To the film's credit, it raises a rather complex issue for a super hero movie, the issue of "collateral damage", with the super heroes contemplating all the innocents that have died as a result of their epic battles with various super villains like Loki and Ultron in the previous Avenger films. Captain America and his team believe that, while tragic, these civilian deaths are the price you pay for stopping evil. If you live in the U.S. and watch, read, or listen to any mainstream media, that will sound awfully familiar to you. Although on the surface they clash, Iron Man actually agrees with Captain America in principle about the collateral damage issue but he disagrees with how to strategically handle the fallout over civilian deaths.
Iron Man is the symbol of American ingenuity and capitalism, so he just wants to stay in business by any means necessary, and so he believes the Avengers should fall under U.N. control for the time being until this whole mess blows over. At the end of the day the disagreement over whether the Avengers will give up sovereignty to the U.N. gets pushed to the background as all agree that the Avengers are a universal good and are morally righteous having never intended to kill any innocents, so they are neither morally nor ethically culpable in any way. The disagreement which starts the Avenger civil war is really about how to handle the logistics going forward and Captain America's stubborn attachment to his principle on maintaining sovereignty.
As I watched Captain America talk about the specter of the U.N. having control over the Avenger's , I was reminded of the first time I ever heard of Americans being afraid of a tyrannical UN. I was driving through central Pennsylvania about 20 years ago with an incredibly sexy native Pennsylanian woman whom I will call The Amish Minx, and we saw two huge signs on trailers in someone's yard, one read "Keep the UN out of the US" and the other "Don't let the UN take our guns". The Amish Minx, who was born and raised in central Pennsylvania, had always told me the state was basically Pittsburgh and Philadelphia separated by Kentucky, and she used these signs as evidence backing up her thesis. She often referred to the state she loved as Pennsyl-tucky.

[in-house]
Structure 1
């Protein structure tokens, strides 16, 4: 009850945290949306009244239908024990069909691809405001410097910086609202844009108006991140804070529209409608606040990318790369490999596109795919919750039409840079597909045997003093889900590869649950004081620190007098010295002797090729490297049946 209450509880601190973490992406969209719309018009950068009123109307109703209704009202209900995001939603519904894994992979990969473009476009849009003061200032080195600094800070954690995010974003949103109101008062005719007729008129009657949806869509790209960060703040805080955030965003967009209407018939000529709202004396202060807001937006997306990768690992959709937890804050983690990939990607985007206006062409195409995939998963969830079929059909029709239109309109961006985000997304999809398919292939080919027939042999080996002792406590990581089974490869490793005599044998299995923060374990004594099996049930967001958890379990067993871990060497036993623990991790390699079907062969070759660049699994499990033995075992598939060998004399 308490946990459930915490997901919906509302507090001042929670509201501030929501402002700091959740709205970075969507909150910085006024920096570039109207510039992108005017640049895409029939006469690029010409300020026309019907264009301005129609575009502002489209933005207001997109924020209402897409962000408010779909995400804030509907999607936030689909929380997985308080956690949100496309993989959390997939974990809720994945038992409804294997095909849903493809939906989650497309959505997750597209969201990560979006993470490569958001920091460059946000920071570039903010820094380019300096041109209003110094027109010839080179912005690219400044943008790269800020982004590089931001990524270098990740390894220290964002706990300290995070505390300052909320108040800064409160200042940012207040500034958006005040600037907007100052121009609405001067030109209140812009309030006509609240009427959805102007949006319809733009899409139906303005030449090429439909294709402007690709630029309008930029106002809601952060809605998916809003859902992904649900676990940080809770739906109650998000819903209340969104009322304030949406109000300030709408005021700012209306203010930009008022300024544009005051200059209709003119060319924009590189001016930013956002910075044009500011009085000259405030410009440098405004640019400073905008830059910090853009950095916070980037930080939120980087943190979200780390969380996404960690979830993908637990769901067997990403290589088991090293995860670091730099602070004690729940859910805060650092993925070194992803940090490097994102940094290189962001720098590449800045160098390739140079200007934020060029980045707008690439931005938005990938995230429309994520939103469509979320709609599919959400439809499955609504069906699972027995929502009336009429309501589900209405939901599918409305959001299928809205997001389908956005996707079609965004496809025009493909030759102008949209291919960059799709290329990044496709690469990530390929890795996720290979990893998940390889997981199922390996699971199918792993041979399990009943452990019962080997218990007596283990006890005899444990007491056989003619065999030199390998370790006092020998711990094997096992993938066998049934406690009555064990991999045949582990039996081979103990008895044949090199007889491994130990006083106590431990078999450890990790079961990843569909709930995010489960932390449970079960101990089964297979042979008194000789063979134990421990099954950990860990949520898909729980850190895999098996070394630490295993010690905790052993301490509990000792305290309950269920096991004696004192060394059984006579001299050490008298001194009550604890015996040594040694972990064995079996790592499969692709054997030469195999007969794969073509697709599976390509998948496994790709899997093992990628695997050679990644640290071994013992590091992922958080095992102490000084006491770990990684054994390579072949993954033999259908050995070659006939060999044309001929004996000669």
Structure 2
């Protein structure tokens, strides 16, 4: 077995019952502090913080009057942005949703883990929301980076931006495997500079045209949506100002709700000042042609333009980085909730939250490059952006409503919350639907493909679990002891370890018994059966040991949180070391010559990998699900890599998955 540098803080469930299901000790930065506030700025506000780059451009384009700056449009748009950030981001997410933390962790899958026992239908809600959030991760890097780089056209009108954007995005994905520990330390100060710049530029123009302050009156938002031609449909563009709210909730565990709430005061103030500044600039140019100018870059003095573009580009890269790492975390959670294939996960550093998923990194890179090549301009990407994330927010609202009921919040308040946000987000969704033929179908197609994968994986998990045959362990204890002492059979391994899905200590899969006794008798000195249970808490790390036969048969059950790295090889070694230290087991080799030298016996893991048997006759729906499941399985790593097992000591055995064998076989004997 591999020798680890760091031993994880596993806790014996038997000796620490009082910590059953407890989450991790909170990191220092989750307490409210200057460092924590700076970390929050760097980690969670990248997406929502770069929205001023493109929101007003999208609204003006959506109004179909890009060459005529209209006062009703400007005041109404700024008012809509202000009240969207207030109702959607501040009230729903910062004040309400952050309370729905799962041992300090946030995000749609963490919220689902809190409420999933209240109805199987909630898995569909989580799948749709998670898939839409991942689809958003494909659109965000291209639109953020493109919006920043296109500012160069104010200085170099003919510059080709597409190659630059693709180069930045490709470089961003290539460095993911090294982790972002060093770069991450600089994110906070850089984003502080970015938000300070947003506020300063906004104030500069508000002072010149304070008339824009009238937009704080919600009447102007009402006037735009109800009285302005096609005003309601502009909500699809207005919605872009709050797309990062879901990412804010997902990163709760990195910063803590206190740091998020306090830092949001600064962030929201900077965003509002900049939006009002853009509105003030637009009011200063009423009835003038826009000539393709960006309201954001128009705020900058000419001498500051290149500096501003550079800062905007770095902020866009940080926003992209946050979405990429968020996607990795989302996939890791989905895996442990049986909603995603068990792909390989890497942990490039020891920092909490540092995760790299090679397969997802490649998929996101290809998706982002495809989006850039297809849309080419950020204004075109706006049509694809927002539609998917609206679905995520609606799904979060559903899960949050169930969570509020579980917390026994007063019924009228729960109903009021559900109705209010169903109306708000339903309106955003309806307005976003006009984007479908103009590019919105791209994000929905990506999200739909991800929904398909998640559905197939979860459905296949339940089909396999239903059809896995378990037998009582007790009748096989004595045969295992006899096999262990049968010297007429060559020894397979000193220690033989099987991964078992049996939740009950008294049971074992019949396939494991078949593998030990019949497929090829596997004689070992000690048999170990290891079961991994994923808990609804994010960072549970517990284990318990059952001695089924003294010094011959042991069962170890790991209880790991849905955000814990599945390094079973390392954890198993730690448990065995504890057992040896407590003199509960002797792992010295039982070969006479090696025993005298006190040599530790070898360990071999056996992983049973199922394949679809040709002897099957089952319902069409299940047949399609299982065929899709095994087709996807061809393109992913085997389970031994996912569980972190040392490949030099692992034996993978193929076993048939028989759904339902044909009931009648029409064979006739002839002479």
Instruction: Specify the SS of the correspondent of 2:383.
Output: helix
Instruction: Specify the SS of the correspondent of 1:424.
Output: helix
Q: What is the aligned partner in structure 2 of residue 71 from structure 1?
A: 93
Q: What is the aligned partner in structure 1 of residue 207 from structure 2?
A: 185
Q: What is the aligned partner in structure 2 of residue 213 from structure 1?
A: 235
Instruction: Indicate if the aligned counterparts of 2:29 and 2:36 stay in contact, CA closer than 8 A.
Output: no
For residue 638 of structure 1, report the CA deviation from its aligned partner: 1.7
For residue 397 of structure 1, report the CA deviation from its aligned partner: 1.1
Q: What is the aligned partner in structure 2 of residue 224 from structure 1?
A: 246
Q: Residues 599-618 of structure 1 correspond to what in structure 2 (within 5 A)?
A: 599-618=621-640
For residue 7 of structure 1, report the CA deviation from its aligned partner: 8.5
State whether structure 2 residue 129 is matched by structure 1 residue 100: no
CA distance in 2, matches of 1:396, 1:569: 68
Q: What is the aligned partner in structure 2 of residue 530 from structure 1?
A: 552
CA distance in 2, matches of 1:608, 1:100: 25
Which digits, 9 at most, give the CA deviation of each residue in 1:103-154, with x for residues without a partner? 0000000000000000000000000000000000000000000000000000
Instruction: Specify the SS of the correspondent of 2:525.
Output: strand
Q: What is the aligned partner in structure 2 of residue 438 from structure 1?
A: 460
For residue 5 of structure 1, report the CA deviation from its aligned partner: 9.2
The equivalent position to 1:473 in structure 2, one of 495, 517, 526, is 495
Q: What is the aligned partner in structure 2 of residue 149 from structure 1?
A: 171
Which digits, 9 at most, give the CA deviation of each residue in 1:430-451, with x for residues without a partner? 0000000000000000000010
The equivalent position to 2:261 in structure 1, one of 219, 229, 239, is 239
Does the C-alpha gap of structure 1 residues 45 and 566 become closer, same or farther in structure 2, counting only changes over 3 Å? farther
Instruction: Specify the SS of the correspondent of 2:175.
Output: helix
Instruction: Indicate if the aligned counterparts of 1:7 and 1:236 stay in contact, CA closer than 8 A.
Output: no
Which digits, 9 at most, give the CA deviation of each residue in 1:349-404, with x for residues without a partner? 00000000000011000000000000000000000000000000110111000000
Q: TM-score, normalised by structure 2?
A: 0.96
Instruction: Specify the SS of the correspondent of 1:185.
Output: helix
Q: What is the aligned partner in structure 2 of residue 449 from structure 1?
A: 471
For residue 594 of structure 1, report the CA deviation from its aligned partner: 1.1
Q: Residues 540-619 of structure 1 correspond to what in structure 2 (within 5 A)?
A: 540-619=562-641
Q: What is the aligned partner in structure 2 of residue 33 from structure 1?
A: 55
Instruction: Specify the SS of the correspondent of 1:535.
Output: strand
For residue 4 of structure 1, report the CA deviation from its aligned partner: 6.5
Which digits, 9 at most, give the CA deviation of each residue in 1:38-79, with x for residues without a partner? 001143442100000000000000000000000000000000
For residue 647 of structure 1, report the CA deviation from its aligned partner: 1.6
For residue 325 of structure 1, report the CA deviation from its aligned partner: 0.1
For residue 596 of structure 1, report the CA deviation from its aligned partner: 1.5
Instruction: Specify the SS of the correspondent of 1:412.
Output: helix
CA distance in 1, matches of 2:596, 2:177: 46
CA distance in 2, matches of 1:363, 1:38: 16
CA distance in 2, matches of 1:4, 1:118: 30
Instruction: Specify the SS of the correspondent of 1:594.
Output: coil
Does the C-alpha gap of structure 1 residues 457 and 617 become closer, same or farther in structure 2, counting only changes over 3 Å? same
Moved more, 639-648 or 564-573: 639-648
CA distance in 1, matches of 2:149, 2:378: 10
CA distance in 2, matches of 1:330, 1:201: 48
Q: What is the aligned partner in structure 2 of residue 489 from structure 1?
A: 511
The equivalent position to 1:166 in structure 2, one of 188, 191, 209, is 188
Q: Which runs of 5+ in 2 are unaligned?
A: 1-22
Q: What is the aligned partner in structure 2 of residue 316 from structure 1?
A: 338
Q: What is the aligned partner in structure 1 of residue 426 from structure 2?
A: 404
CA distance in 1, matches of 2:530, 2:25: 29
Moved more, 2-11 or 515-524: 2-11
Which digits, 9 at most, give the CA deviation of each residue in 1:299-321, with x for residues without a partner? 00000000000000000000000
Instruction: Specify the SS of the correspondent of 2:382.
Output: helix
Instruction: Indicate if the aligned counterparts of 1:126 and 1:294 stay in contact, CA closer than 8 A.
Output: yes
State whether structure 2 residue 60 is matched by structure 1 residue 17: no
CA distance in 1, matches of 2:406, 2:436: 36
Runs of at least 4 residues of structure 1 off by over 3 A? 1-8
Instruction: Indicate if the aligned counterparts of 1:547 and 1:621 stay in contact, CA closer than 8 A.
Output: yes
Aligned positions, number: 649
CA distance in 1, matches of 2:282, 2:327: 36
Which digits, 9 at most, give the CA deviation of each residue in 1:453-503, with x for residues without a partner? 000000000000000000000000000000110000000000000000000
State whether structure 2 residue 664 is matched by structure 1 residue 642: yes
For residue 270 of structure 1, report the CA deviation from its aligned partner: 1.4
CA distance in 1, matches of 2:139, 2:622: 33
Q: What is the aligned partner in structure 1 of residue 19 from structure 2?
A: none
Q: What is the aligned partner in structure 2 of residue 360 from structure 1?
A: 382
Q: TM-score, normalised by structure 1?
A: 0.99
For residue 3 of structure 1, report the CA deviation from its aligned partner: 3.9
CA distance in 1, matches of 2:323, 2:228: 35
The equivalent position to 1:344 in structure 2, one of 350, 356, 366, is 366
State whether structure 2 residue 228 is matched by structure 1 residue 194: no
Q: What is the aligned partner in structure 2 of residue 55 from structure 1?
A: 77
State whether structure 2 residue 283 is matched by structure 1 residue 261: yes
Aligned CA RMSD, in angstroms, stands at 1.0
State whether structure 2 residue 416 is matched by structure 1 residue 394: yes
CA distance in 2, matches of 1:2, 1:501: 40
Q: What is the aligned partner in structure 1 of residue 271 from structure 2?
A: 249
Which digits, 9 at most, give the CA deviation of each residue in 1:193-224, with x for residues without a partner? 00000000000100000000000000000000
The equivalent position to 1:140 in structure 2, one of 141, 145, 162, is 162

I think Captain America's message of defiance against the U.N. will deeply resonate in the heart of Pennsyl-tucky and the rest of the American heartland….which is what it is meant to do. Captain America refusing to give up his freedom to decide which bad guys to kill to the meddling, feckless and corrupt U.N., is perfectly American, which makes sense since he is Captain America after all, and not Captain International Political Organization, while Iron Man, the international businessman, is willing to compromise by appeasing the U.N.…for now. As the story progresses though, it is revealed that the real beef between Captain America and Iron Man is, as these things always turn out to be, actually very personal, as Iron Man feels betrayed by Captain America over the death of Iron Man's parents many years ago.